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Judgment stalls Google book settlement

Judge declines to reward mass unauthorised scanning

5 things you didn’t know about cloud backup

The 2008 settlement between the Authors' Guild and Association of American Publishers and Google is in limbo for a while, after a New York District Court judge rejected it as "going too far".

The settlement, reached after Google was sued for its mass-scanning of books without permission, had given the Chocolate Factory the green light if it paid US$125 million to copyright holders.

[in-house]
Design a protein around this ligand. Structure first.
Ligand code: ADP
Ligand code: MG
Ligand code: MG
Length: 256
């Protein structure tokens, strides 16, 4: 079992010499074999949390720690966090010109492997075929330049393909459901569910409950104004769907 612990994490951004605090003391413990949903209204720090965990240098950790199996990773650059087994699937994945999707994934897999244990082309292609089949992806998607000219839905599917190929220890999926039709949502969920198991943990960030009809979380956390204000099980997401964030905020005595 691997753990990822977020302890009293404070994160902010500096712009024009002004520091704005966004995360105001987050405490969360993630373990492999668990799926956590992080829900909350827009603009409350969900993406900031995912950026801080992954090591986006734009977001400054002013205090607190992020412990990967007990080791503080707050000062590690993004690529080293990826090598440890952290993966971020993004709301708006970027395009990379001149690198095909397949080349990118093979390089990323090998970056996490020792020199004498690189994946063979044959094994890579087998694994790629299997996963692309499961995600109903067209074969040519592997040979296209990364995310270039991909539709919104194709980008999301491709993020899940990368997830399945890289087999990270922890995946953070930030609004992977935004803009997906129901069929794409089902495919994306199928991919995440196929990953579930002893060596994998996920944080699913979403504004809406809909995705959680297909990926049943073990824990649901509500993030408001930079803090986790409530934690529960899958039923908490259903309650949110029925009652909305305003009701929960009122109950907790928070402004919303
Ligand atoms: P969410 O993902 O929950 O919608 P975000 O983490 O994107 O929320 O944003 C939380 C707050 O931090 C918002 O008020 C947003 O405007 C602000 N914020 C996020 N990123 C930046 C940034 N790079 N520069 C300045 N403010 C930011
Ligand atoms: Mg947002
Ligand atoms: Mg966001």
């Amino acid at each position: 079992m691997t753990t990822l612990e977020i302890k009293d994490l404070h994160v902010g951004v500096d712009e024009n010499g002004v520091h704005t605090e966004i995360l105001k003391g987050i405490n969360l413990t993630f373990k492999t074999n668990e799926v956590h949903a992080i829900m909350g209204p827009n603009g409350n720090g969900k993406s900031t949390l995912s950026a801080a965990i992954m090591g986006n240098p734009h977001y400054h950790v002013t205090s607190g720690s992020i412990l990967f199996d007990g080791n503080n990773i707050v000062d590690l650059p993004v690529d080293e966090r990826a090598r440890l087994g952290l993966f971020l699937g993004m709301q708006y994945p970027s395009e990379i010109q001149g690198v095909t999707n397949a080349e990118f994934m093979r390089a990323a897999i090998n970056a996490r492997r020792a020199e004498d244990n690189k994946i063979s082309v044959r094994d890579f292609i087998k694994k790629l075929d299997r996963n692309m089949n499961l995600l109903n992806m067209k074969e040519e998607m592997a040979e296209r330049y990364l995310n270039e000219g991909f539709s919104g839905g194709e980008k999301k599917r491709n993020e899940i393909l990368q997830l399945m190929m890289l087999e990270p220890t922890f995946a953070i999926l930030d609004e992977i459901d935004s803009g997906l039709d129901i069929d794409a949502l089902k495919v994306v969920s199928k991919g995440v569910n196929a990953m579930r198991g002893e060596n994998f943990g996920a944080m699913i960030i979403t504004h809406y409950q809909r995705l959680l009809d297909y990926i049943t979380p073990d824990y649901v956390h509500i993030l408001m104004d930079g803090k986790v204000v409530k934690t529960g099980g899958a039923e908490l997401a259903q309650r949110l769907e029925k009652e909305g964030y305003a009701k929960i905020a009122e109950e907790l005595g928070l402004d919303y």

Handing down his judgment, Judge Denny Chin said the agreement gave Google a significant advantage over its competitors. Giving the company the right to scan books and make them available online without copyright holders' permission was, he said, "going too far".

The Wall Street Journal reports that the judge also said the previous agreement had rewarded Google for "engaging in wholesale copying of copyrighted works without permission".

The judge has suggested that the agreement be revised so that copyright owners opt-in to Google's book-scanning programme rather than opting out, as they have to do under the previous arrangement. ®

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